Taking part in the ‘Lokpal debate’ being held here at Jantar Mantar, where Anna Hazare is observing a day-long fast, general secretary of the Communist Party of India, AB Bardhan thanked Team Anna and the common public for “allowing” political leaders for discussion on a public platform.

Addressing the huge gathering Bardhan urged Team Anna to be flexible, saying all the points of Jan Lokpla Bill cannot be accepted.

Divulging his party’s stand, Bardhan said Group A, B, C and D employees should come under Lokpal. Interestingly, the Parliamentary Standing Committee’s Lokpal draft excludes Group C and D staff and recommends they be covered under the Chief Vigilance Commissioner.

Along with Bardhan, Communist Party of India (Marxist) member Brinda Karat said that their parties want inclusion of the Prime Minister under Lokpal.

Both the Left leaders disagreed with Team Anna’s point of view of bringing judiciary under Lokpal, saying that a judicial commission and a strong Judicial Accountability Bill should be made. Justifying his party’s stand Bardhan said that judiciary has always been an independent institution and its independence should be maintained.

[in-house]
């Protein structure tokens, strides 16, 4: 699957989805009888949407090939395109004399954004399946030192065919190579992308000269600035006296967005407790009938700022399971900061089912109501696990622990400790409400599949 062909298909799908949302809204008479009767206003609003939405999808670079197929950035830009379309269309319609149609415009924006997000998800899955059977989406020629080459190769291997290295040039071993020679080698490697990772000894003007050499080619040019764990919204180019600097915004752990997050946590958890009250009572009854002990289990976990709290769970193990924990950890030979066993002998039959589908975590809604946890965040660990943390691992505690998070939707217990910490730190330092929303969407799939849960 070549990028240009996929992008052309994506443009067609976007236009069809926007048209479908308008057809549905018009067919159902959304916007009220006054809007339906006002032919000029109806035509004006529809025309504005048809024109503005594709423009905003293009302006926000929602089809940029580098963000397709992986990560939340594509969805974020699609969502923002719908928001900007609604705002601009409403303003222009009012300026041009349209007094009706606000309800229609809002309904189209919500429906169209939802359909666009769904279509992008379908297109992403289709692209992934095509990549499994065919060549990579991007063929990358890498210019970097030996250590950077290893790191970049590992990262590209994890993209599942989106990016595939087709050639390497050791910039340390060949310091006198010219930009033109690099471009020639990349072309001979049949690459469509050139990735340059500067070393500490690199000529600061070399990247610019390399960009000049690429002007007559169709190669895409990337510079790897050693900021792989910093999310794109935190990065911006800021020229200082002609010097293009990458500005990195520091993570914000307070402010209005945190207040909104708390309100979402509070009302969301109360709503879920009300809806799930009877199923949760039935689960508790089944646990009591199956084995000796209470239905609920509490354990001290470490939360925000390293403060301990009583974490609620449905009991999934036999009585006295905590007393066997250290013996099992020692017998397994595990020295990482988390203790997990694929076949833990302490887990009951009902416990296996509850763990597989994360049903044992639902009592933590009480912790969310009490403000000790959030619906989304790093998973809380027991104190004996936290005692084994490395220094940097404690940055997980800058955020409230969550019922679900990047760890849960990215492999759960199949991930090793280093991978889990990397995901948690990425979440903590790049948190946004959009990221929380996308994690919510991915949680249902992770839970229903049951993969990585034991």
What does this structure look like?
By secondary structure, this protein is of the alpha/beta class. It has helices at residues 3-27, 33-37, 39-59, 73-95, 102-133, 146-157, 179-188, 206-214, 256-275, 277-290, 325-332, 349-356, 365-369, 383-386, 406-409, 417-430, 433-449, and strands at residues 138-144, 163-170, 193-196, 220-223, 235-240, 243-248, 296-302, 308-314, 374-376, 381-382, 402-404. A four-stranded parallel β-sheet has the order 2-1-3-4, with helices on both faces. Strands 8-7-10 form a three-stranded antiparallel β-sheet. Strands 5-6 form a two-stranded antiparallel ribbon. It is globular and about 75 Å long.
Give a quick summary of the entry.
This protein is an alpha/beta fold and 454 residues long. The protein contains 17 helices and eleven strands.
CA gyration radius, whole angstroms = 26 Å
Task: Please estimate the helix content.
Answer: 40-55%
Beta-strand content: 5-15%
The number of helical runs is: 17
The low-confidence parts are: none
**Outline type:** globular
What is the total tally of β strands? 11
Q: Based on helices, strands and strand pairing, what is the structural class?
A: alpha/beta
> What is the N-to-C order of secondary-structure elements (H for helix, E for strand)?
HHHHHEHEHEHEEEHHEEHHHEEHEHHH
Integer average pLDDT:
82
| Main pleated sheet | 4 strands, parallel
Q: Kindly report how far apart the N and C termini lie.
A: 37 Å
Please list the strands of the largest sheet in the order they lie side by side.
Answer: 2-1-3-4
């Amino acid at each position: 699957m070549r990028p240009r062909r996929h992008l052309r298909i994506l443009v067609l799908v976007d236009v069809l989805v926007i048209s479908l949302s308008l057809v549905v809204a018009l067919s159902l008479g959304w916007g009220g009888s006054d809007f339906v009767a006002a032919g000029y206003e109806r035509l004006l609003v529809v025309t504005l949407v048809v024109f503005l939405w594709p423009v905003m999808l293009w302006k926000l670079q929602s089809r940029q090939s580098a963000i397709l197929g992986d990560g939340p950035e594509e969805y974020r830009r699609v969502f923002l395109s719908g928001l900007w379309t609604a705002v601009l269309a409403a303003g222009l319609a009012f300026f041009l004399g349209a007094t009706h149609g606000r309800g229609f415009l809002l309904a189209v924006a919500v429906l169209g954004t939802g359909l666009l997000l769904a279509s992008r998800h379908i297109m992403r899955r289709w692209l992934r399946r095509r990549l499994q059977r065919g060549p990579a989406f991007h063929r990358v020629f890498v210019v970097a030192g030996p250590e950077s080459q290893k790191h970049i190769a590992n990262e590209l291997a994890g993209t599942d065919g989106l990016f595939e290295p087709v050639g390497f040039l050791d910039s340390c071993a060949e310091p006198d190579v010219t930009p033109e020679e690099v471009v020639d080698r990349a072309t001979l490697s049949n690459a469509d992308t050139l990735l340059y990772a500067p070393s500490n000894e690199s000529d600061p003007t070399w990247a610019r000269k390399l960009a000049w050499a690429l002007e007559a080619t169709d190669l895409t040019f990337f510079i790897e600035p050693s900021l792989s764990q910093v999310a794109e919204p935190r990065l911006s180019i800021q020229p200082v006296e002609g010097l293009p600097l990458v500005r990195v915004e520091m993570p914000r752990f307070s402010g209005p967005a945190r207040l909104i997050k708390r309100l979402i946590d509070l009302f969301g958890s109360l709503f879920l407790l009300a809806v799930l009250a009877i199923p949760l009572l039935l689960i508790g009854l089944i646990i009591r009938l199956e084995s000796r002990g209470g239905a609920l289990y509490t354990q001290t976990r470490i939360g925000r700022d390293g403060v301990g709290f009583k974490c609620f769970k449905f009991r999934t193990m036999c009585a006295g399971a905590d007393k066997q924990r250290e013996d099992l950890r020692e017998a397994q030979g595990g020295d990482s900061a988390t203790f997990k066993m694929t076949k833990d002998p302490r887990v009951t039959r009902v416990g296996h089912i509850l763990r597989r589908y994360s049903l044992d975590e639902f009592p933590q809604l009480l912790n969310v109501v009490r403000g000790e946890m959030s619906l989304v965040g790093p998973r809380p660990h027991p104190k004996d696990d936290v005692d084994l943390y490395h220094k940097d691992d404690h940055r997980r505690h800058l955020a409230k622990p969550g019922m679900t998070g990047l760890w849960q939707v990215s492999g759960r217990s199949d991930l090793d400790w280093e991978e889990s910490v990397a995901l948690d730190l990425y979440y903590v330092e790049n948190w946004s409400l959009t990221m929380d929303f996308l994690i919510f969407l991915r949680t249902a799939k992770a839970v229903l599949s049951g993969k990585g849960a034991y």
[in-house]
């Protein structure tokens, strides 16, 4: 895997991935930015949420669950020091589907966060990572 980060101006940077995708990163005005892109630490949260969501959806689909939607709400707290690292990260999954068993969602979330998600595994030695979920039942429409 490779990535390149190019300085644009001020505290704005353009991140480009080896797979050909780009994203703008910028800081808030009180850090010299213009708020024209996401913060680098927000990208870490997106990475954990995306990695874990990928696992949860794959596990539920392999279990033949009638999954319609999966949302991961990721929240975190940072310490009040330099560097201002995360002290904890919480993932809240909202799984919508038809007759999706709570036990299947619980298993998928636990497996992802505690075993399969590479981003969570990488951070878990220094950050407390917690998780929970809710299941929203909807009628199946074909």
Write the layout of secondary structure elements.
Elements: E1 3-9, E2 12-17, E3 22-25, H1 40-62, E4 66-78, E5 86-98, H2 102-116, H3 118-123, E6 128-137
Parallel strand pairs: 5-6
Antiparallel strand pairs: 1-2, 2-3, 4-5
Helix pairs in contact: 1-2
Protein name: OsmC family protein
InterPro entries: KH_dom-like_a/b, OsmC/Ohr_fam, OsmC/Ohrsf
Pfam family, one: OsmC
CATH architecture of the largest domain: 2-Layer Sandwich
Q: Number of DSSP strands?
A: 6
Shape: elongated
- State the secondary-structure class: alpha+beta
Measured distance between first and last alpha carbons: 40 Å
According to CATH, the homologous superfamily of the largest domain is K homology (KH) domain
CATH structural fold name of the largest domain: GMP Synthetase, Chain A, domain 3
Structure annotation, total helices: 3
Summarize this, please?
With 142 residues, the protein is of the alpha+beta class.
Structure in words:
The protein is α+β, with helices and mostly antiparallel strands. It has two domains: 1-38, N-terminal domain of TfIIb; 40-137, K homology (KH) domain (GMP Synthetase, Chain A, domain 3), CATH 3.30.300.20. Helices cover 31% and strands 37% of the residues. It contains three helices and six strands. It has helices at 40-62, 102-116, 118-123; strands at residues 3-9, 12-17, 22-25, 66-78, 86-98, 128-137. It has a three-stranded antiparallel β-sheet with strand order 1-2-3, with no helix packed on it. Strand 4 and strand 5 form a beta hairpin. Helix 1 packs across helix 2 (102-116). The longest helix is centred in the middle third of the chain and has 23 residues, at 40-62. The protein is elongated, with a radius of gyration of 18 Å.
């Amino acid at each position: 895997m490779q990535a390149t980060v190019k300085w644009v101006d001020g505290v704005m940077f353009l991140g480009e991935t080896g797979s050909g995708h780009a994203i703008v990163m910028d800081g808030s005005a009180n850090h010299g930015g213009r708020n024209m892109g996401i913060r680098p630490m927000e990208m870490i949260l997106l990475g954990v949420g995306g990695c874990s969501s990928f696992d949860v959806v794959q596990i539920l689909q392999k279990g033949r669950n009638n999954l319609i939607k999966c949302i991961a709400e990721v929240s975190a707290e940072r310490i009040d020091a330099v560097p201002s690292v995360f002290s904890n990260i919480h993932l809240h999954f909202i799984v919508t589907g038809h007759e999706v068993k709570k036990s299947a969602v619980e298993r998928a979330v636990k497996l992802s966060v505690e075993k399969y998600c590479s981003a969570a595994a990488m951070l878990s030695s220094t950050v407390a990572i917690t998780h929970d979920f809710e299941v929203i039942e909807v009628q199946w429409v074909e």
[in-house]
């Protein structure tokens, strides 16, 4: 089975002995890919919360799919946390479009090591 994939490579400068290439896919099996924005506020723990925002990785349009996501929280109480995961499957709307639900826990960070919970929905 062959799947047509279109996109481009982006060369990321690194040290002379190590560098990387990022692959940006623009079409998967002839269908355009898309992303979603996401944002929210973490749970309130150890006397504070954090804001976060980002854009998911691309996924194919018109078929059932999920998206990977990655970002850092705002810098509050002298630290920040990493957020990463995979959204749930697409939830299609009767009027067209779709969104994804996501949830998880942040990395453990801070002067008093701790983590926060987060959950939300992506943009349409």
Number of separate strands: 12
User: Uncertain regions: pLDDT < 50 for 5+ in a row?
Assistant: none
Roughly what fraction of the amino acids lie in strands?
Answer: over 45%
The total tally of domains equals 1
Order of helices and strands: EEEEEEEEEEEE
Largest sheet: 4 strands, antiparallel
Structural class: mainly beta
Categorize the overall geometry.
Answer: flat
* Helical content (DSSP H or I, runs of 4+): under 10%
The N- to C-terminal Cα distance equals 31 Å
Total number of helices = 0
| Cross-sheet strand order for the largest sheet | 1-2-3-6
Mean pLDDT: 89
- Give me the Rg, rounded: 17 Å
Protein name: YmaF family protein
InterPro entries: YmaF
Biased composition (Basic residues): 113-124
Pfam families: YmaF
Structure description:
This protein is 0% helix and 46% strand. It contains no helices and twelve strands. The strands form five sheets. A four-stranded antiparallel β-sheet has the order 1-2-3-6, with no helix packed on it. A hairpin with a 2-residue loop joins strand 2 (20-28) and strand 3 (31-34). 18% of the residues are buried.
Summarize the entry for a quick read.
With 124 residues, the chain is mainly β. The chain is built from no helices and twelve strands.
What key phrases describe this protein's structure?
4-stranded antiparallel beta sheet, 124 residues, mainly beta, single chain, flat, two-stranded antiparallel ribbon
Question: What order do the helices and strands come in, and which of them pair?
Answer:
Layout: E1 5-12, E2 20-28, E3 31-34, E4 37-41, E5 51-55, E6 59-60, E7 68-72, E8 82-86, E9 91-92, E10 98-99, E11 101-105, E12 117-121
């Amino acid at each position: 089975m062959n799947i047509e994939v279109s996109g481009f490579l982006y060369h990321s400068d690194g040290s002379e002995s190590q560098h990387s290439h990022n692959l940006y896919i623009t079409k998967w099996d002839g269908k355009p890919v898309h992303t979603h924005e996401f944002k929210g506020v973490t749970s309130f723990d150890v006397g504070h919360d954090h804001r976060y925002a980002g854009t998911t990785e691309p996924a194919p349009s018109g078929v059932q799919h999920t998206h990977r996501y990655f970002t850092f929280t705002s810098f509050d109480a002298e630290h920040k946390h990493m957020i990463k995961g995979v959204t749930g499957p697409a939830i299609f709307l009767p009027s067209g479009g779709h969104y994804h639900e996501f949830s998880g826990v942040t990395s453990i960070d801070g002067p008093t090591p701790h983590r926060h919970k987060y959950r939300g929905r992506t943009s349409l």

Taking on the corporate sector, Karat said that there is a nexus between the government and corporates. Liberal policies have been introduced to favour corporates which is further increasing corruption, she said demanding corporates should be brought under Lokpal.

The CPI(M) leader also said that a separate grievance redressal bill should be brought in, but agreed with Team Anna’s demand for inclusion of citizen’s charter under Lokpal.

Karat said that her party has rejected Parliamentary panel’s draft and party MPs have submitted their dissent notes.

She expressed disappointment over other political parties of not favouring vote, speech and conduct of MPs in the House to come under Lokpal, adding that her party is the only one which wants Parliament’s members be included under the ombudsman bill.

On the issue of bringing CBI under the purview of Lokpal, Karat said that the country’s premier investigating agency’s corruption wing should be brought under the ombudsman.

August 7, 2011

Delhi: No electricity at IGI T-3 for over 5 hours

https://i2.wp.com/www.thehindu.com/multimedia/archive/00138/IN03_AIRPORT_TERMIN_138389a.jpg

New Delhi: There was no electricity at the Terminal 3 of the Indira Gandhi International airport in New Delhi for over five hours on Sunday. However, full power supply has been restored now, after lights went out at 1:30 am. Full power supply could be restored only by 6:30 am on Sunday.

All check-ins were done manually and most worrying, the security check-ins were compromised as machines were not working.

Major chaos was reported at night with passengers being refused to enter the terminal and passengers were left stranded without any information.